FEMALE_1: an 18 acre base and room for five million bodies.

FEMALE_1: Wilson had it all worked out,

FEMALE_1: the pyramid would have hydraulic lifts and

FEMALE_1: sloping ramps inside while on the outside,

FEMALE_1: flights of stairs would lead to an obelisk on top,

FEMALE_1: the pyramid, Wilson wrote,

FEMALE_1: will rise in majesty over lofty towers,

FEMALE_1: teaching the living to die and the dying to live forever.

FEMALE_1: Wilson got some positive feedback,

FEMALE_1: but people found the idea unsettling.

FEMALE_1: John Claudius Loudon, a forefather of

FEMALE_1: the field of landscape architecture told Wilson,

FEMALE_1: ''I hate the idea of interment in a vault,

FEMALE_1: or in any way which prevents the body from

FEMALE_1: speedily returning to its primitive elements.''

FEMALE_1: Another paper panned the pyramid.

FEMALE_1: This monstrous piece of folly.

FEMALE_1: The object of which is to have generations

FEMALE_1: rotting in one vast pyramid of death

FEMALE_1: instead of being quietly mingled with

FEMALE_1: their parent earth and forgotten is

FEMALE_1: perhaps the most ridiculous of

FEMALE_1: the schemes broached in our scheming age.

FEMALE_1: Instead of Wilson's pyramid,

FEMALE_1: London ultimately built a large garden cemetery

FEMALE_1: similar to one that had just been built in Paris.

FEMALE_1: This caught on stateside

FEMALE_1: too as the rural cemetery movement.

FEMALE_1: The problem is what used to

FEMALE_1: be out in the middle of nowhere is

FEMALE_1: now ringed by the city and

FEMALE_1: these old cemeteries have no space to grow,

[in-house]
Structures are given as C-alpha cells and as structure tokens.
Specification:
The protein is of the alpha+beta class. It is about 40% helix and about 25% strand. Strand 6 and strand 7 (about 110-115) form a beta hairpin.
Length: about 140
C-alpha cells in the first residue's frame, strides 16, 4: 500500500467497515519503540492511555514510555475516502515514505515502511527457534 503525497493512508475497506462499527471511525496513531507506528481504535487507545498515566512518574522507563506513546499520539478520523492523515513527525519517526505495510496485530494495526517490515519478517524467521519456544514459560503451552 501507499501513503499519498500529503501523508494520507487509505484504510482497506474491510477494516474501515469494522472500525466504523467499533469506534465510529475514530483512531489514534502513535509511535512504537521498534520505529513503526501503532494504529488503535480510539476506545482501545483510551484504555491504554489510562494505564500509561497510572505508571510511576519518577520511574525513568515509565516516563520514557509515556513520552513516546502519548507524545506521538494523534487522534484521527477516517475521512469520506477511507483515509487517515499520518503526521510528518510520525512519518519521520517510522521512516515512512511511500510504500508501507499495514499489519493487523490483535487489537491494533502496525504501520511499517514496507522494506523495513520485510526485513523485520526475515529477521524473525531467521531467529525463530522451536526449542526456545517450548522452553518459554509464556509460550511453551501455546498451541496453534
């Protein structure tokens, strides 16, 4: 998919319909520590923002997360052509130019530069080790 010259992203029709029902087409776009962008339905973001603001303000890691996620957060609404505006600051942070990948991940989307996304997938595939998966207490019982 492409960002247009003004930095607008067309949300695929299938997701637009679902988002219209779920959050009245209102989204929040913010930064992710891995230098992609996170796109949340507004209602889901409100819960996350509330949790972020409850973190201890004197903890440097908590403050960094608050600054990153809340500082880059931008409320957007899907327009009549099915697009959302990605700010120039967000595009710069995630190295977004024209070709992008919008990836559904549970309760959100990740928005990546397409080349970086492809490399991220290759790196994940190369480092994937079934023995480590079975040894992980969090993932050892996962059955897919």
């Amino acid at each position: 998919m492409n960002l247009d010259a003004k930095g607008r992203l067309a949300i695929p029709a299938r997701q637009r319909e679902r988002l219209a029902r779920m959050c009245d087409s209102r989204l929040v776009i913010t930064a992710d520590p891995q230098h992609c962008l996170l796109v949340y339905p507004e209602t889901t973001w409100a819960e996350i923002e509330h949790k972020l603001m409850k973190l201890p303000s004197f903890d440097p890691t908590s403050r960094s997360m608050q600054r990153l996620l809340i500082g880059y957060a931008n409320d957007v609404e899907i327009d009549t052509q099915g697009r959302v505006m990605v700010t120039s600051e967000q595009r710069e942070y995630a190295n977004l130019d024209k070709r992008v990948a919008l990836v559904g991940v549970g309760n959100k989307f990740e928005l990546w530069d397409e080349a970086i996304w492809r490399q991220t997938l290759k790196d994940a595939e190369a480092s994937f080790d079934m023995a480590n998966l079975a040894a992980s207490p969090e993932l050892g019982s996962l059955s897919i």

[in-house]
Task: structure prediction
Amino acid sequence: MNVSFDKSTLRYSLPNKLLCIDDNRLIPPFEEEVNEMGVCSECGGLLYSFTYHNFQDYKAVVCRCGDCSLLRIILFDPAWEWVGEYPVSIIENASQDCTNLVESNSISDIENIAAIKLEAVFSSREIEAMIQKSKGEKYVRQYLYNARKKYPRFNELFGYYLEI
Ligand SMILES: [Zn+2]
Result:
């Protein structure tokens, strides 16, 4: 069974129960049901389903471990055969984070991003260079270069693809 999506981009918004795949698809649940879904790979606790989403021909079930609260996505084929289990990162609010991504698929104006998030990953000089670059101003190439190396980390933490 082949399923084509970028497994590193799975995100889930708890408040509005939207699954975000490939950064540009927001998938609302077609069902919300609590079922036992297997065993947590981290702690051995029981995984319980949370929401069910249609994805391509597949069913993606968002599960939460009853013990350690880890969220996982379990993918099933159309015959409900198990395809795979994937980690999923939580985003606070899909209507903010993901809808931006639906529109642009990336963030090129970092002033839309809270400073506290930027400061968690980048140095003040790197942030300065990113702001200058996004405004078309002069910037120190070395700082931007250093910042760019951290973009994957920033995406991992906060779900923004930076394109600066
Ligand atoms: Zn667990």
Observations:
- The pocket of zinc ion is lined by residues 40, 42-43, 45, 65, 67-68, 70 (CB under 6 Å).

FEMALE_1: which brings us back to the vertical solution.

FEMALE_1: The taller cemetery in the world

FEMALE_1: is this one in Santos Brazil.

FEMALE_1: It didn't originate as a skyscraper,

FEMALE_1: but demand for above ground tombs with a view

FEMALE_1: was steady enough that the owner

FEMALE_1: just kept adding new levels.

FEMALE_1: An even taller skyscraper cemetery

FEMALE_1: has been proposed for Mumbai.

FEMALE_1: The Moksha tower would accommodate

FEMALE_1: funeral rites from the world's major religions,

FEMALE_1: with space for garden burials, cremations,

FEMALE_1: river burials and even a tower of silence,

FEMALE_1: where bodies are broken down by

FEMALE_1: exposure to the elements and

FEMALE_1: scavenging birds in

FEMALE_1: the tradition of Parsis Zoroastrianism.

FEMALE_1: While burial isn't the only interment option,

FEMALE_1: cremation is the other big one

FEMALE_1: cremated remains take up space too.

FEMALE_1: In Hong Kong, families face waiting periods of

FEMALE_1: up to five years for space in a columbariam.

FEMALE_1: That's the building where funeral urns are stored usually

FEMALE_1: in a niche in the wall and

FEMALE_1: you can come and pay your respects.

FEMALE_1: Those are getting taller too.

FEMALE_1: The True Dragon Tower in Taiwan is

FEMALE_1: the world's biggest column barium at 20 stories high.

FEMALE_1: Imagine a tower of the dead looming over your downtown,

FEMALE_1: creepy or a good reminder that life is fleeting?

FEMALE_1: The thing is whether you end up in a box or an urn,

FEMALE_1: your loved ones are gonna wanna come to visit you.

FEMALE_1: In some religions, it's considered their

FEMALE_1: sacred duty to keep coming to visit you.

FEMALE_1: So while skyscrapers cemeteries might seem morbid,

FEMALE_1: they do answer the very human need for

FEMALE_1: a place to gather and remember our dead.

FEMALE_1: [MUSIC]